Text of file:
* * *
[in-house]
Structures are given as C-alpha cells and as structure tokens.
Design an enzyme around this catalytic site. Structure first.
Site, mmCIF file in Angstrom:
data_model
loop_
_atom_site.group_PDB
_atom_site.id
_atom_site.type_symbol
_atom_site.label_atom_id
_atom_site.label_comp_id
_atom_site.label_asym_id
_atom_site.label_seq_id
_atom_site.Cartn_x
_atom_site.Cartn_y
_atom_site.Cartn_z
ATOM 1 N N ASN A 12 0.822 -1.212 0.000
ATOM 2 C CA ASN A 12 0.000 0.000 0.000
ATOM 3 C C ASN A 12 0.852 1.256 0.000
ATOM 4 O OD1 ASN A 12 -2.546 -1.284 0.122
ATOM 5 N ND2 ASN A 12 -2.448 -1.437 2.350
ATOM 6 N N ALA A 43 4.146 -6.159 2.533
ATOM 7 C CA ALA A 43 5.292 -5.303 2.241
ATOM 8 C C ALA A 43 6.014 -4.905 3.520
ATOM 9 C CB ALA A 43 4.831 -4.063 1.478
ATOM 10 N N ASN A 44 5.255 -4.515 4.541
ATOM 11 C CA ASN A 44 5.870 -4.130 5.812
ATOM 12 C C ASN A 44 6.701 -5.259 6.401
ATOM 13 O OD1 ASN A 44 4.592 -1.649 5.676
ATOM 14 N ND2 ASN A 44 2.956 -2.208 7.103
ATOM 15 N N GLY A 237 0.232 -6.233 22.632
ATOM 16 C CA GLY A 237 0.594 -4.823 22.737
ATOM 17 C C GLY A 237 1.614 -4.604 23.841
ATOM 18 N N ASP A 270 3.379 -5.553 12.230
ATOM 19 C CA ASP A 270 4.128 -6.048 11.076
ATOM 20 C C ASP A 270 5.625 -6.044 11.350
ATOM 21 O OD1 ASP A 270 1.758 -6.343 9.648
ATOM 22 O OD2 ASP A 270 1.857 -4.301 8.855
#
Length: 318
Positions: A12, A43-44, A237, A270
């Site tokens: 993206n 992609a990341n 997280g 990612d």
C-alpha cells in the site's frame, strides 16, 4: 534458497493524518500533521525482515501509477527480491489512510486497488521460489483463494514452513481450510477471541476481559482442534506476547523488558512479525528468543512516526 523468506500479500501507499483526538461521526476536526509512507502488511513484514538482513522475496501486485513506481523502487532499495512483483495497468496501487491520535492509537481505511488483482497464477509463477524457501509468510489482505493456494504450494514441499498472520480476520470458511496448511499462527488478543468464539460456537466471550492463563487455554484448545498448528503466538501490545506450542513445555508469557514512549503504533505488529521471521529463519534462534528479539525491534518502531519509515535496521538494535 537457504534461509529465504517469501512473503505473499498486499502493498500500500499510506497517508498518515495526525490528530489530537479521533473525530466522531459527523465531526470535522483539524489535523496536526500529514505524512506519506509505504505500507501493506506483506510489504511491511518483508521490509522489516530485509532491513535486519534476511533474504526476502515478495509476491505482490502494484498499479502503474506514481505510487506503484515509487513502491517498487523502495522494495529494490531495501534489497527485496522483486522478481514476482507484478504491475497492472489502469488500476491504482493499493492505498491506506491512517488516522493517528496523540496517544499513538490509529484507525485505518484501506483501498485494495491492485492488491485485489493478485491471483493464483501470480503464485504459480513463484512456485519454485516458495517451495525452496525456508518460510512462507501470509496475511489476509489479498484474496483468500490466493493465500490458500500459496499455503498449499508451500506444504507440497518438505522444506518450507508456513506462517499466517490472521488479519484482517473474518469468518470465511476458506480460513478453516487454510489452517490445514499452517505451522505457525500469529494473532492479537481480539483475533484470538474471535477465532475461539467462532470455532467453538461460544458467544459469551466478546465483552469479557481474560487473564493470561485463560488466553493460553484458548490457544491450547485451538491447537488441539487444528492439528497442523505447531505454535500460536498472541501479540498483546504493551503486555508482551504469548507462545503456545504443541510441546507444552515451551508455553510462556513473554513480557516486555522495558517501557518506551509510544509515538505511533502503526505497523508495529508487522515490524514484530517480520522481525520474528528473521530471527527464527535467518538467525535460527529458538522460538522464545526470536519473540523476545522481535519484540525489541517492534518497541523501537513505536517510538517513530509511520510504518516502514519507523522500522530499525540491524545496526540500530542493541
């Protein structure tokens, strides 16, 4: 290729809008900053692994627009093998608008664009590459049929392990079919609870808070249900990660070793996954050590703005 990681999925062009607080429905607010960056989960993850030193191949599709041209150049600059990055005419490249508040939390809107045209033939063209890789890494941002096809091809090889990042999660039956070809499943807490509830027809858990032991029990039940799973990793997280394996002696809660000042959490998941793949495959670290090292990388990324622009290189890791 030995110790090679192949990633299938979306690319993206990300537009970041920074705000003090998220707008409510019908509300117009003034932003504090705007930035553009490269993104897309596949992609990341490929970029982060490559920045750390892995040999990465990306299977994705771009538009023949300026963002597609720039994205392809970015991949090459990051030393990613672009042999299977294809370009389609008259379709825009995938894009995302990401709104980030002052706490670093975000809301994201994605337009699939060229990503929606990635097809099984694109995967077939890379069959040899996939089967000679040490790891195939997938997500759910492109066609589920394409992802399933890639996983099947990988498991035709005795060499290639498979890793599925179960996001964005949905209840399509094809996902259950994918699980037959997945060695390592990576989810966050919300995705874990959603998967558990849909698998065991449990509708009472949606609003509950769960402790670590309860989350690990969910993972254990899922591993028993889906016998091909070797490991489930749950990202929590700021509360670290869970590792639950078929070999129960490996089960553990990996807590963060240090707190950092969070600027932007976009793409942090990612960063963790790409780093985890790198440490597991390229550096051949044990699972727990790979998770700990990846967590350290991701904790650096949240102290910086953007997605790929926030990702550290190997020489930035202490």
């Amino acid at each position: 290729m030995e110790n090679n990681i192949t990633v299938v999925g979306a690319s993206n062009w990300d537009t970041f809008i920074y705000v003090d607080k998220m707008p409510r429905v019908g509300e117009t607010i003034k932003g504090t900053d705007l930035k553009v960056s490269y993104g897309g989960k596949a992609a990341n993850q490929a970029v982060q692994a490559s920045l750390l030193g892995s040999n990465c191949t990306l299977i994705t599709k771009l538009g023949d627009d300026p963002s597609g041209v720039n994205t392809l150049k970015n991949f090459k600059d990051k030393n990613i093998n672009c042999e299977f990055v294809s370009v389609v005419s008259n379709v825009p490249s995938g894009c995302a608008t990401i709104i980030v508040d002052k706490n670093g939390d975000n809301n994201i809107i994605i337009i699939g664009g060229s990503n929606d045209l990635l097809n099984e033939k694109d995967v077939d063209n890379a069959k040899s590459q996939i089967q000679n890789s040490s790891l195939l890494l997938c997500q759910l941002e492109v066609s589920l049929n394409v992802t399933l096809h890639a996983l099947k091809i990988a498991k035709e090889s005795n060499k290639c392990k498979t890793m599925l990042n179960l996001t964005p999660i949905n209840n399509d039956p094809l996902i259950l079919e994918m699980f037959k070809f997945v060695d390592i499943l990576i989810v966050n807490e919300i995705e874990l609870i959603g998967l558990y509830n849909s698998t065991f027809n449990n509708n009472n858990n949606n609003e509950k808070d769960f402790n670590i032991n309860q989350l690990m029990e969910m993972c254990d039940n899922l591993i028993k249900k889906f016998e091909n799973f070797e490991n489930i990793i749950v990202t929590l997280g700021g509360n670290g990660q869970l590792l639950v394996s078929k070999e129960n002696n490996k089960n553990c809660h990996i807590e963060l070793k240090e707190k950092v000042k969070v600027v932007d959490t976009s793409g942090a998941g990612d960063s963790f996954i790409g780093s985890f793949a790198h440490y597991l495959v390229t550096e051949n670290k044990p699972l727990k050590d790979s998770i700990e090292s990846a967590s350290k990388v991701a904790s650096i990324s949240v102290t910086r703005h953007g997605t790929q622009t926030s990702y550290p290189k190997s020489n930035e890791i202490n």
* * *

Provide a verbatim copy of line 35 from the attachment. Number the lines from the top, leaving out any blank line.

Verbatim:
ATOM 19 C CA ASP A 270 4.128 -6.048 11.076